NCI Cooperative Group Program in Need of an Overhaul

According to a recent study released by the Institute of Medicine (IOM), the NCI's clinical trials cooperative group program needs a major overhaul to conduct the type of large-scale clinical trials needed to improve cancer care. Since the program's inception, it has played a key role in developing and improving cancer treatments, and supports an average of 25,000 patients and 14,000 clinical investigators each year.

The IOM report, entitled A National Cancer Clinical Trials System for the 21st Century: Reinvigorating the Cooperative Group Program, offered several suggestions to revamp the program.

The Cooperative Group Program shares one major obstacle with much of the cancer research world: a lack of funding. The NCI, facing a budget shortfall itself, currently provides $145 million to the program annually, which is inadequate to sustain the type of cross-institutional and interdisciplinary studies funded by the program.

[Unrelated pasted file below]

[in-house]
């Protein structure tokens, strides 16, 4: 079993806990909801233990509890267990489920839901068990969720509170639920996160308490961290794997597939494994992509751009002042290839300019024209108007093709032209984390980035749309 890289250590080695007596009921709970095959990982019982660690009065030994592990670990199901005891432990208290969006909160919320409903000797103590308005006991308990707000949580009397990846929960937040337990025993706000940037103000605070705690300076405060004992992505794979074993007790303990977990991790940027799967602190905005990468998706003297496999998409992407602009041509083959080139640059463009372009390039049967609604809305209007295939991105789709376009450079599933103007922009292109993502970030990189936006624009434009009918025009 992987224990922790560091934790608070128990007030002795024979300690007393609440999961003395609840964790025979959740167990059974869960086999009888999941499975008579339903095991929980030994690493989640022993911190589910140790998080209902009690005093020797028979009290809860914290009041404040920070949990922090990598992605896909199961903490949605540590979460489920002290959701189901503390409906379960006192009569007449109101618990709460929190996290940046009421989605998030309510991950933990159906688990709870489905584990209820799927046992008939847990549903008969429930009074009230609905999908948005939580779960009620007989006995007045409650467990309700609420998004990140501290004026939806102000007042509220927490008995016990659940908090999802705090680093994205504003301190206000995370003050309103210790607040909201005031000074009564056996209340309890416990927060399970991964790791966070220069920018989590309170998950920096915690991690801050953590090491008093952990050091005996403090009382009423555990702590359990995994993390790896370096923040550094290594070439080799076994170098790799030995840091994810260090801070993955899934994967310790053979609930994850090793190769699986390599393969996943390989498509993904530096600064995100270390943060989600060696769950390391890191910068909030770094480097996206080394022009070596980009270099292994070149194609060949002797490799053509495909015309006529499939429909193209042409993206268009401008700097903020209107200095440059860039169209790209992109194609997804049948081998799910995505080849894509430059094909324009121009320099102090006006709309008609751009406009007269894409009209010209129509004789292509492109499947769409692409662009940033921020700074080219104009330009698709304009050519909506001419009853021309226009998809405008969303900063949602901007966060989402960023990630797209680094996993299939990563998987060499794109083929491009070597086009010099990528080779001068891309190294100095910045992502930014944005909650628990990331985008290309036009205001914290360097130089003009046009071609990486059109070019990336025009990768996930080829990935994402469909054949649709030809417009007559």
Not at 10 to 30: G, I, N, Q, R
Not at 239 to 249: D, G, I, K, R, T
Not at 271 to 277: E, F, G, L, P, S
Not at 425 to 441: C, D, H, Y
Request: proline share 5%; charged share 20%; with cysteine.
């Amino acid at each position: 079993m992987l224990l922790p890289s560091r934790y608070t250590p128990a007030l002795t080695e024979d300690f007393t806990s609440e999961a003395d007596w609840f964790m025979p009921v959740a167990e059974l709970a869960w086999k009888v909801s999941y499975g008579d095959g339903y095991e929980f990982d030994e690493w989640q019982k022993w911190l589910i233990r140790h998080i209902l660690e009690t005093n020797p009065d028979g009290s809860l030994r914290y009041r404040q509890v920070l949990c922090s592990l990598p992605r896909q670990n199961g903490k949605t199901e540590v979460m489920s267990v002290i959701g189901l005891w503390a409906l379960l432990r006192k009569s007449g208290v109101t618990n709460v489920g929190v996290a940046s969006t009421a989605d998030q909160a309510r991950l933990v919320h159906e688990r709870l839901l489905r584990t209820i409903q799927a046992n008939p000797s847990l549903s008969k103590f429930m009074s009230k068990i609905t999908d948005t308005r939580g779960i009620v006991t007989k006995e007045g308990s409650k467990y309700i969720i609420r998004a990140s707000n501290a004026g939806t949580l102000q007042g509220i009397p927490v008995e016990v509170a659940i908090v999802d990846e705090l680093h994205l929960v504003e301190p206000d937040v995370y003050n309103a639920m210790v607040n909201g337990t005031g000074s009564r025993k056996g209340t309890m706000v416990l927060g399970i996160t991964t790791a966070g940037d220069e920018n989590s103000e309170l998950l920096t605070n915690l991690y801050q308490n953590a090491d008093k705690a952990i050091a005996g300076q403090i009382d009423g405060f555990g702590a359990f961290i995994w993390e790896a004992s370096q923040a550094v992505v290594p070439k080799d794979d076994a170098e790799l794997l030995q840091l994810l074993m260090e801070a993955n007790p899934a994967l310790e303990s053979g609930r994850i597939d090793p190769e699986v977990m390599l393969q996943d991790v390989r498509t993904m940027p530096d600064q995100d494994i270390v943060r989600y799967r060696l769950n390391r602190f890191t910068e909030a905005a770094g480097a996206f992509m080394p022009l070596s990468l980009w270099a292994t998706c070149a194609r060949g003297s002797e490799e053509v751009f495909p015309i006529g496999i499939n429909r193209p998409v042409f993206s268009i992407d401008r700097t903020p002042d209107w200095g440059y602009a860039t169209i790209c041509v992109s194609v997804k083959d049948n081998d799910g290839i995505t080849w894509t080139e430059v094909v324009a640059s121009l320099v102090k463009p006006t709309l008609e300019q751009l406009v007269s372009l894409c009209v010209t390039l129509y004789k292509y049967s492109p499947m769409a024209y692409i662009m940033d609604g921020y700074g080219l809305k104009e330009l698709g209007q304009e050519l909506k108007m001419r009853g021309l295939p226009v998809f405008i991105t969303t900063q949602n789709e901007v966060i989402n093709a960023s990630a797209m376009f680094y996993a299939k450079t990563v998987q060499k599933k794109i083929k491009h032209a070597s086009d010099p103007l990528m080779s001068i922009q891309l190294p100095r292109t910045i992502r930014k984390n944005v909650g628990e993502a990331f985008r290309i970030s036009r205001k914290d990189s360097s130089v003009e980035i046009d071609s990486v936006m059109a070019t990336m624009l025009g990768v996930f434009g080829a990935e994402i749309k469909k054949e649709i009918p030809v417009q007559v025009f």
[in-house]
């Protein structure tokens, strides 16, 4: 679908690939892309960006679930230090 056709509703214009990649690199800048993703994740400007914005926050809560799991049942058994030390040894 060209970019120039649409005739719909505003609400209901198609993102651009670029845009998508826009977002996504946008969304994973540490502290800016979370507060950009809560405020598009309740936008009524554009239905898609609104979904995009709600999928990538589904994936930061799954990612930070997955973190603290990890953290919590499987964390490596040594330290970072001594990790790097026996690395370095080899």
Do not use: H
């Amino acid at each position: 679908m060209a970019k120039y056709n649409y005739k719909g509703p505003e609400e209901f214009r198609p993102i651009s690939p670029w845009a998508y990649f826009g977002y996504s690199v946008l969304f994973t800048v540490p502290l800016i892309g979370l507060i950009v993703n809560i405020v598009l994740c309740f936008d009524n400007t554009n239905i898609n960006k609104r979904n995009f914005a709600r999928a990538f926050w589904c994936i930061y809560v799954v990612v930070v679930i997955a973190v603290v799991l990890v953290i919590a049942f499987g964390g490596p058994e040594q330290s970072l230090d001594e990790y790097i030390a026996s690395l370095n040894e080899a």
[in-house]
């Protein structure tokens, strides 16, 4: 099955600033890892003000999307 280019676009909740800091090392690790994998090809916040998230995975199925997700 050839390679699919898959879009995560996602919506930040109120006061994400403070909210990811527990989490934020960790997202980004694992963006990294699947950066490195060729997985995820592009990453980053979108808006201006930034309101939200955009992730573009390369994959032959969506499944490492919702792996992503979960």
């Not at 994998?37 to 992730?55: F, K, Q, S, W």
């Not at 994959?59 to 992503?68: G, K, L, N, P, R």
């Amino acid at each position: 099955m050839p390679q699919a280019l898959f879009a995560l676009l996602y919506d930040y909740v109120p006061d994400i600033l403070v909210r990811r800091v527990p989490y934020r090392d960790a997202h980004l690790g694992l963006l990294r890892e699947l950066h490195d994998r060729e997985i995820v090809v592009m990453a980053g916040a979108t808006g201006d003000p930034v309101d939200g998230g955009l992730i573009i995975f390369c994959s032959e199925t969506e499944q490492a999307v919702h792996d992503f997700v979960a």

The IOM report was more bad news for the program, following a survey by the American Society of Clinical Oncologists (ASCO) recently published in the Journal of Oncology Practice. That report stated that nearly one-third of NCI cooperative member sites plan to limit their participation in federally-funded clinical trials due to poor reimbursement rates.

Act Now - Urge Your Representatives to Support Increased Cancer Research Funding

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The president’s recently released budget proposal includes increases of just 3.2 percent for NIH and 3.16 percent for NCI. Advocates are urged to contact their legislators and urge them to increase both NIH and NCI’s budget by 13.5 percent; increases of $4.2 billion for NIH and $691 million for NCI. Please contact your elected official now!

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